In Parts 1-6, I mostly covered hardware; starting off with an entry which showcased a low-cost augmented reality demonstration video as a pointer to the future, and then covering fabrication processes which included a video showing how electronically “captured” movements could be converted into tangible objects.
In Parts 7-14 , I shifted to software; focusing on Web 2.0 functionality/sensibilities, applying those as “filters” in brief pseudo-reviews of current cutting edge 3D CAD systems and then ending with a list of “take-aways”, at which point, in Part 15, I introduced the issue of semantics.
In Parts 16, 17, and 18, I mostly addressed users; why they’ll begin to increasingly use 3D applications and how that adoption will spur growth in the 3D fabbing market.
At this point, having finally tied a number of threads together, I’ll (hopefully) start patching everything into a cohesive, comprehensible whole.
Fumbling Towards 3D Convergence
When futurologist Alvin Toffler wrote Future Shock almost four decades ago, the world really had no inkling of just how dramatic our accelerating technological advances would prove to be. For some of us the collective discomfort with the inevitable and sometimes inexorable technological march is becoming increasingly obvious. There are even some eloquently written pieces* being posted tying the current U.S. political drama to this unease.
I know from first hand observation and experience that the Industrial Design community I remember is becoming less engaged with the future. More on that topic at another time.
I don’t know what to suggest to the ID community but one way in which everyday people might at least reconnect with not just the world but with where things are headed, would be for them to reconnect with all the stuff with which they’ve surrounded themselves; to get beyond the “surface” and truly see the things they’ve purchased; to engage and experience these things on both the intellectual and visceral levels.
Unfortunately, we’re so busy multi-tasking we’ve forgotten how to give something – even other people – our undivided attention.
Imagine for a moment, however, having the ability to put on a pair of augmented reality goggles and visualize a search engine’s output hovering over every item in your home; similar to Fight Club‘s “catalog” scene. We don’t have that technology yet, of course, but we don’t need it to achieve what I’m suggesting is necessary. That’s because it’s not the details or the enabling technology which matter but rather the awareness.
Understanding even the most basic of connections between the things we purchase and the manufacturing processes which produce them – apparent both in the Make:/Etsy groundswell and with the proliferation of “How It’s Made“-style videos – is a good first step to re-engaging the future on our own terms. Beyond that, however, is connecting virtual representations (and their associated data) with those same tangible items; a significantly more daunting task.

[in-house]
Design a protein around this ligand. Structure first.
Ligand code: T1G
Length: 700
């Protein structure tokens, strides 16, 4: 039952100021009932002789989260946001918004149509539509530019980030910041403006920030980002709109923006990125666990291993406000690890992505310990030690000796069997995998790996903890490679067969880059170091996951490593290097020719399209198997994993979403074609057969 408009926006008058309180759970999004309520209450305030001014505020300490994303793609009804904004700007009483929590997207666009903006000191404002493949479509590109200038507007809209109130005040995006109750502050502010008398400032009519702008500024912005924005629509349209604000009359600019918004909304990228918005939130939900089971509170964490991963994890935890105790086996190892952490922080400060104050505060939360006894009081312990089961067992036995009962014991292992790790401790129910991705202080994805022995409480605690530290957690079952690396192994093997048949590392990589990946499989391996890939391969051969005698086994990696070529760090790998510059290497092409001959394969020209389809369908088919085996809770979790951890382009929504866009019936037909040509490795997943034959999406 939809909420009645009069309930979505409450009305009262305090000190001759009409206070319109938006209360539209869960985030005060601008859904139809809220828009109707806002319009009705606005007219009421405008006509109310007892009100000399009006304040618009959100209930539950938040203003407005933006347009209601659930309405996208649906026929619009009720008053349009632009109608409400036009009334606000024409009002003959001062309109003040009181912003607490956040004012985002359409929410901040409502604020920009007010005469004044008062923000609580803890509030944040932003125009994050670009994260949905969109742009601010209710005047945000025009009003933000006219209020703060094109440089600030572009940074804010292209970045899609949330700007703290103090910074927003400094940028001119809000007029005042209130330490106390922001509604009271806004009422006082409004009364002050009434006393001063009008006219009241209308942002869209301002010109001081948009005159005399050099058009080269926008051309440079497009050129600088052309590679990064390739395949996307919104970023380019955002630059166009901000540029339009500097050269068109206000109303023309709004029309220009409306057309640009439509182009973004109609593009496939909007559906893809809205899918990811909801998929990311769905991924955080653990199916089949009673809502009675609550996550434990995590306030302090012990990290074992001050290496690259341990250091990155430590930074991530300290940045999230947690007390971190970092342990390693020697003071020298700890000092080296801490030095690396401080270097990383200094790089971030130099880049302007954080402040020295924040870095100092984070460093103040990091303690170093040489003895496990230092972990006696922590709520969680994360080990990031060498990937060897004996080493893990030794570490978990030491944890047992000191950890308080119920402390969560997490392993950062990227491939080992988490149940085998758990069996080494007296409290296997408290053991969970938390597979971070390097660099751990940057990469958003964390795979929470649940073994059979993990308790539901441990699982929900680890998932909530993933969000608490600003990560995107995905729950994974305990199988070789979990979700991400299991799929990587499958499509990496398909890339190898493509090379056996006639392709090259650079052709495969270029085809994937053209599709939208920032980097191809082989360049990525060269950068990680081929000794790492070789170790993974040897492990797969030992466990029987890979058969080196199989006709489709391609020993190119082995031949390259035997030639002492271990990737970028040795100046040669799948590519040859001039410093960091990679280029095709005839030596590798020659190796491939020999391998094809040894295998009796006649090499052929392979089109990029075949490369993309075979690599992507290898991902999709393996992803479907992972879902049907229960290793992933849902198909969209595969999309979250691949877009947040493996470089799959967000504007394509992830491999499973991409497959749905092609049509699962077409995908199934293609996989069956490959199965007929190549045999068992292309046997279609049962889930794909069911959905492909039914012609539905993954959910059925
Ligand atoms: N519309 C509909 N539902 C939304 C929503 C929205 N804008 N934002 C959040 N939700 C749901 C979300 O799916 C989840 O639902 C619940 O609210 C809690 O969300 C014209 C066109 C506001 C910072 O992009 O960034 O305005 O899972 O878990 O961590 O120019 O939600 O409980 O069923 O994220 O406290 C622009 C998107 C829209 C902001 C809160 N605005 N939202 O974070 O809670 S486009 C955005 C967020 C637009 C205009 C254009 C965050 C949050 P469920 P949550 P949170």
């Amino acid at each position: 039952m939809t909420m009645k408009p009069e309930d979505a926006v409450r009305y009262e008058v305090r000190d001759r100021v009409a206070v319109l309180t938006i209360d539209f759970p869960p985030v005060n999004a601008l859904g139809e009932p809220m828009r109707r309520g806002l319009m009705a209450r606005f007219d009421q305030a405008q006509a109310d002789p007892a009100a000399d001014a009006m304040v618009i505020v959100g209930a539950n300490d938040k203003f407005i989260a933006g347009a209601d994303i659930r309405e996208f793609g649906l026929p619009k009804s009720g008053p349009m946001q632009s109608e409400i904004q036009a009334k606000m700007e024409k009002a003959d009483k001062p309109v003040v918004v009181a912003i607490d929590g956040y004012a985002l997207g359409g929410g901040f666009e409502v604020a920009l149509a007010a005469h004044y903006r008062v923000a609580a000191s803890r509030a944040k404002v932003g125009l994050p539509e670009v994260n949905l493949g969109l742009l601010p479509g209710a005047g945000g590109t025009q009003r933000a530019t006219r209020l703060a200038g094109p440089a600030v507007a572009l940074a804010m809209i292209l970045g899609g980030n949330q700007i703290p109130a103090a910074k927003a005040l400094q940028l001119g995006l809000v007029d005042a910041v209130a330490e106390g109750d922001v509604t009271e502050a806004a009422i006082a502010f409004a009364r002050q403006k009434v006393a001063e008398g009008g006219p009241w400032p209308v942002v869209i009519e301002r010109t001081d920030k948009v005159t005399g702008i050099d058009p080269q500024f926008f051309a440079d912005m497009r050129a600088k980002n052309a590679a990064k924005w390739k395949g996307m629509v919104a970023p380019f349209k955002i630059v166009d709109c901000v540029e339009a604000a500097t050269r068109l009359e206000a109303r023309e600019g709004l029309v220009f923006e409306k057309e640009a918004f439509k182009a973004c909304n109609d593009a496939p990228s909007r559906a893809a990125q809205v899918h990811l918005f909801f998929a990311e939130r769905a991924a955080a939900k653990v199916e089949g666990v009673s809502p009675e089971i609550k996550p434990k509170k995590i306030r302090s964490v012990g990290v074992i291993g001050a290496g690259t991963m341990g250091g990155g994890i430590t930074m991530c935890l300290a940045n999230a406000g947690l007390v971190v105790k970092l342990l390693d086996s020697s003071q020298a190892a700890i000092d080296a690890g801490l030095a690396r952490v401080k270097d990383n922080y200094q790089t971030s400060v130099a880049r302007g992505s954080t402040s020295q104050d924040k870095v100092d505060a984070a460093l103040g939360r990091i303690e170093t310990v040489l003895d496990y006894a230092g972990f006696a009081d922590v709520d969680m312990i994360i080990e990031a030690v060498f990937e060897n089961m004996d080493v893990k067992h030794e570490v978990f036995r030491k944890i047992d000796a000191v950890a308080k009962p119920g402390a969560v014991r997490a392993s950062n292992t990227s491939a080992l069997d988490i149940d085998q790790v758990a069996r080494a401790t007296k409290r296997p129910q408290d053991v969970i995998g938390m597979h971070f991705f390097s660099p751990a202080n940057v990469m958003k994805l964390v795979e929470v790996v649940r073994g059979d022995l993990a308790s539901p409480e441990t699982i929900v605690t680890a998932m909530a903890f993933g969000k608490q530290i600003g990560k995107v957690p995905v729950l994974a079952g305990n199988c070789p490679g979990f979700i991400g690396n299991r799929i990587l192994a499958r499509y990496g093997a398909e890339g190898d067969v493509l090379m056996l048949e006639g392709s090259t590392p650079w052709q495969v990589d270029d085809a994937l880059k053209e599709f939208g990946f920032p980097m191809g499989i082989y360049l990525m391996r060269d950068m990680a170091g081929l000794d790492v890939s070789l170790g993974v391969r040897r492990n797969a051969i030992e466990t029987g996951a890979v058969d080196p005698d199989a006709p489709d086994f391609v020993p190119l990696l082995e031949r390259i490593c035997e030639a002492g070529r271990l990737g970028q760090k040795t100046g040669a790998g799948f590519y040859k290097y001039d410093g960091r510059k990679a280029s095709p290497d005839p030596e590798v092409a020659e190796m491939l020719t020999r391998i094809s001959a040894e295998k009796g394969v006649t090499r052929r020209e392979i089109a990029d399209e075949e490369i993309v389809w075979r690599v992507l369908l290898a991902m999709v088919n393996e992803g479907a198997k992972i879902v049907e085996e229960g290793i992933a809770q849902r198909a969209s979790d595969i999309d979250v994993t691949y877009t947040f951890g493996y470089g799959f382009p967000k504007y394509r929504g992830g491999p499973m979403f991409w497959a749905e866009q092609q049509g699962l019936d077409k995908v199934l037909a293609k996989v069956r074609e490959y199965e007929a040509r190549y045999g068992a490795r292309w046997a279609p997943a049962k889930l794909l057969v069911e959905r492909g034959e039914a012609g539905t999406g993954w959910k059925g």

– Because we live in a world controlled by virtual constructs (e.g. currency, credit, Wall Street).
– Because I’ve little doubt we’re moving toward a communication experience which more efficiently merges the current 2D internet paradigm with the inevitable 3D interface.
– Because we live in a 3D world, and our never-ending pursuit of improved efficiencies will demand the option to remotely communicate using realistic 3D representations, and with companies like Nortel announcing their own enterprise-level versions of Second Life, Project Chainsaw, there’s increasingly less doubt that the companies who already service most of our communication needs are taking this very seriously.
There is, of course, the possibility people will more fully appreciate, for example, a 3D game object which looks like a recognizably branded product sitting on their local retailer’s shelf, and thus perceive a potential link between the “real” and the “virtual”. And maybe an onslaught of advertising will spur significant interest in 3D technology by consistently entangling, say, a popular fashion accessory with a virtual representation of it. But I don’t believe any of these juxtapositions are sufficient. It’s not enough.
The only way to fully engage a virtual object is to understand it on the same level we understand everyday items.
For example, the average person may not know how their toaster works, but they can pry it apart with a screwdriver and try to understand how it operates because it exists in their “space” … in their comfort zone. CAD files, 3D game objects and virtual goods don’t.
Virtual things can only be pried apart using virtual tools, and 3D modeling tools are not yet simple enough for broad adoption. Until they become sufficiently easy to use, there’s little chance people will both make the leap to using 3D software and also make the mental leap to the more challenging concepts discussed here; concepts which will be necessary for a society to grasp in order for them to move their economy forward in an increasingly competitive, global future.
Thus, acknowledging that people pursuing money and/or career are the exception and not the rule, the question then becomes: At what point do non-monetary motivational factors – reputation and empowerment – overwhelm the barriers to entry for average people?
*Note – The bulk of this entry was written in August, including the reference to Toffler’s Future Shock. That we cite the same reference is merely serendipitous. That said, it’s a brilliant post and I highly recommend everyone read it.
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